EQUIPMENT YOU WILL NEED:

  • One healthy dog and a physically fit (or soon to be fit) handler – there’s a fair amount of hiking involved in this sport.
  • A non-restrictive harness. Dog Show Specialties and PetsMart have them in nylon. If you’d prefer leather, you can order from J&J Dog Supplies.
  • 45′ tracking line. You won’t need this for the first week or two (you’ll be starting your dog on a 6′ leash) and we suggest that you take a look at the lines that we use before you purchase yours. Most of us use climbing rope (available at REI) of different gauges depending on the size & strength of the dog.
  • Rubber boots (for you) and waterproof rain gear.
  • Paper, pencil, and clipboard – for drawing maps of your tracks.
  • Tracking flags – two different colors, minimum of 5 each. (Flags come in bundles of 100; there are plenty of flags within the club – we can put you in touch with someone who’s got flags for sale in more reasonable quantities.)
  • Enticing treats, and water for your dog.
  • A copy of Glen Johnson’s Tracking Dog – theory & methods (paperback, out of print, but usually obtainable at the book vendor booths of larger dog shows or by shopping online at Amazon.com).

Tracking is truly a team sport and it is incredibly exciting to earn a Tracking title. As Tracking tests are scored simply as Pass or Fail, you will find that the camaraderie at Tracking tests is unlike that of any other dog event. A single Pass under one judge or team of judges earns your dog the title. All of the training is inducive; you cannot force your dog to track. Because the dog can work at his/her own pace, dogs of any age can learn to track. Tracking a puppy is a whole lot of fun; it builds confidence and it teaches the dog to problem solve. Similarly, tracking a senior dog provides an enjoyable activity for the two of you in those ‘sunset’ years. With dedication on your part, it is entirely possible to begin your tracking career and earn the TD (Tracking Dog) title within a single tracking season.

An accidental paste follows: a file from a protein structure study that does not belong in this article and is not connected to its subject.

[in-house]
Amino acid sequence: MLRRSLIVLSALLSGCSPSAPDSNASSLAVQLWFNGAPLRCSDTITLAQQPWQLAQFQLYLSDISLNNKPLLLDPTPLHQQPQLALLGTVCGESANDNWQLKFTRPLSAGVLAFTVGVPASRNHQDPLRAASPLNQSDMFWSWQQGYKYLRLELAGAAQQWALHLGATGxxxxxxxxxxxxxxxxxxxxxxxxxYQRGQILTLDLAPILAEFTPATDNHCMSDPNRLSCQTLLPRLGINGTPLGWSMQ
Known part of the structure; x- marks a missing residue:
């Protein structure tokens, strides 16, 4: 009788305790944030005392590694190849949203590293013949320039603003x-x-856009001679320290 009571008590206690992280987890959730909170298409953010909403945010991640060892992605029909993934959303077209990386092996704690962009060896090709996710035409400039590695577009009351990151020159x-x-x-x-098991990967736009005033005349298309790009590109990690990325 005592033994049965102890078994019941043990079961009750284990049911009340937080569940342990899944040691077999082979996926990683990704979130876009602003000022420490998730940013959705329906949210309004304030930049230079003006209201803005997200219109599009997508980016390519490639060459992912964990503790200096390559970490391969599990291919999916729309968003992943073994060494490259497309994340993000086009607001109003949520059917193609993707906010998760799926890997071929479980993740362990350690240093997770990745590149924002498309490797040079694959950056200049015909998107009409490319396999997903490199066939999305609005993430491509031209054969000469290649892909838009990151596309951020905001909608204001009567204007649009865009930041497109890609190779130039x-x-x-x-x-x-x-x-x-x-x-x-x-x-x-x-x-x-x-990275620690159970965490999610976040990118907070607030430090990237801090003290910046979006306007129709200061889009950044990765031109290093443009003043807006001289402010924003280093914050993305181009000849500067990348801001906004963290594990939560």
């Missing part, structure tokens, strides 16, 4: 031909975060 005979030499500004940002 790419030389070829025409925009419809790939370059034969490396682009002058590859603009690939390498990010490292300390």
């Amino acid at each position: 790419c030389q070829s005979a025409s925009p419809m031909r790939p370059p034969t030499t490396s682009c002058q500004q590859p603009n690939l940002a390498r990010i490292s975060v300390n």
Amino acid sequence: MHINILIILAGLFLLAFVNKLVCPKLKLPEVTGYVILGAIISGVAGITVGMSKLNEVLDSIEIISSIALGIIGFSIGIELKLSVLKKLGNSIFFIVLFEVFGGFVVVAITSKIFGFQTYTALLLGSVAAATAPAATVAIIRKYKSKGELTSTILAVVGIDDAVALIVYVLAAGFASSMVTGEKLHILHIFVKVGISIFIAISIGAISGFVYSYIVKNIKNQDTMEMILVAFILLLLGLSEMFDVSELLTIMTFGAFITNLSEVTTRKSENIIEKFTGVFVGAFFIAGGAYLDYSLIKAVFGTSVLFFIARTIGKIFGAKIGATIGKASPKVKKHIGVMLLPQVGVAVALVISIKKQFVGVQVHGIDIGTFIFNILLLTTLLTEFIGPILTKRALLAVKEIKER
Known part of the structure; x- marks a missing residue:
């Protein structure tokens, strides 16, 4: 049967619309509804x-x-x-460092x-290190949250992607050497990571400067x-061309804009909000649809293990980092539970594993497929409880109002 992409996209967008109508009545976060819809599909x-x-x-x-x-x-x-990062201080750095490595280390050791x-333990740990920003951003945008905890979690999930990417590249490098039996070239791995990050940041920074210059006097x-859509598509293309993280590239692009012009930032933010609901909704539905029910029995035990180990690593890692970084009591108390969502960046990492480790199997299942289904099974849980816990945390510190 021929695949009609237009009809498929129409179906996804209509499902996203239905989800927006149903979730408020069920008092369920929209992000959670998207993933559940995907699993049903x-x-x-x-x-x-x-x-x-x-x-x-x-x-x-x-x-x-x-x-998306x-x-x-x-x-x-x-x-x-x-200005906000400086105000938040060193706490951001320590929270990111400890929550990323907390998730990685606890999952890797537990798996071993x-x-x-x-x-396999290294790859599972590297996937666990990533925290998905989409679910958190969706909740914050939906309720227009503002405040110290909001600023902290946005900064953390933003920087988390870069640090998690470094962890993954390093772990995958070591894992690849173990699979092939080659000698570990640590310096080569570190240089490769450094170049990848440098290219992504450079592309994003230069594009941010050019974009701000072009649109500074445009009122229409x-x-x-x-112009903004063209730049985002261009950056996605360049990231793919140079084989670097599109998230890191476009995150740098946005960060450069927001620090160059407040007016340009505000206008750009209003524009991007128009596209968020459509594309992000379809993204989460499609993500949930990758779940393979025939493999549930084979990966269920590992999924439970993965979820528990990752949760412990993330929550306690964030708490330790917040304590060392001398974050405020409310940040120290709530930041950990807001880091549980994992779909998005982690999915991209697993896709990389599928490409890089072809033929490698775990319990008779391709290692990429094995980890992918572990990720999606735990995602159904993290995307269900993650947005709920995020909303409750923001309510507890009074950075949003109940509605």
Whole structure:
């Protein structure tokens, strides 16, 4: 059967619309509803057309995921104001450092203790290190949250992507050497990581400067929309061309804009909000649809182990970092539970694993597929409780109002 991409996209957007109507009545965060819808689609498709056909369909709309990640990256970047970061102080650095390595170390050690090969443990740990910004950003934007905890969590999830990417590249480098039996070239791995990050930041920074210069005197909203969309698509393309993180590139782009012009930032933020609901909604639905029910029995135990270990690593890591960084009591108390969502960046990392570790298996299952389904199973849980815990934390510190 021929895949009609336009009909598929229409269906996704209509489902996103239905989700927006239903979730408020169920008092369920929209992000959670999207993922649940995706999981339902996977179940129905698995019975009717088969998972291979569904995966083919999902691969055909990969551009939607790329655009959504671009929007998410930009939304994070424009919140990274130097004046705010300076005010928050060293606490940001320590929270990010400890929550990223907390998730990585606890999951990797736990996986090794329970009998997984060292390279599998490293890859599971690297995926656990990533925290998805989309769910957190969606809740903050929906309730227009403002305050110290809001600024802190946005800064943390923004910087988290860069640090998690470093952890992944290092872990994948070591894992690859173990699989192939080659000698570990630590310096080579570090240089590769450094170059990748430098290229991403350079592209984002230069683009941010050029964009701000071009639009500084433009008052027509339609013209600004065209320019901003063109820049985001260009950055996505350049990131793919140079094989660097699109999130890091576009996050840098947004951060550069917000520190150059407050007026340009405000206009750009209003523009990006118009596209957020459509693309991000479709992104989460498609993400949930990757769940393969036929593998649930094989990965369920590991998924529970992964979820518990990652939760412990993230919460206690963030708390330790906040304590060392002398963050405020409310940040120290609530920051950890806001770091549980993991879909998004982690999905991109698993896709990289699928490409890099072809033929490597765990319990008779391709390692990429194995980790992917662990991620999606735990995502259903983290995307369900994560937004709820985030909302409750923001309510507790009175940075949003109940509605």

As you get drawn into this sport, you will find that you start looking at your surroundings differently. Your eye will be evaluating roadside fields for the possibility of doing some tracking there. Those of you who  commute will find yourselves strategizing your drive home from work. You will reach a point in your training where you will be stopping off in a field on the way home from the office to lay a track so that it can be aging while you continue on home to get your dog & come back. You ladies won’t care that you may appear foolish in a skirt & rubber boots out in the field planting flags. You will think you’ve got a real shot at losing some weight with all the hiking you’re doing with your dog & your fellow trackers . . . but, since there’s only time & energy for “fast food”, you will most likely negate the benefits of all that hiking & you won’t lose an ounce. If this is the case, you can rationalize that
muscle weighs more than fat, and you will most certainly be gaining some leg muscle during the tracking season.

So, now that you’ve read this, if you still think you want to learn to track your dog, talk to us!  Email the  Tracking Coordinator. We would be happy to hook you up with active trackers in our club!

Bonus Material!

This matrix summarizes the tracking titles and the requirements for a qualifying score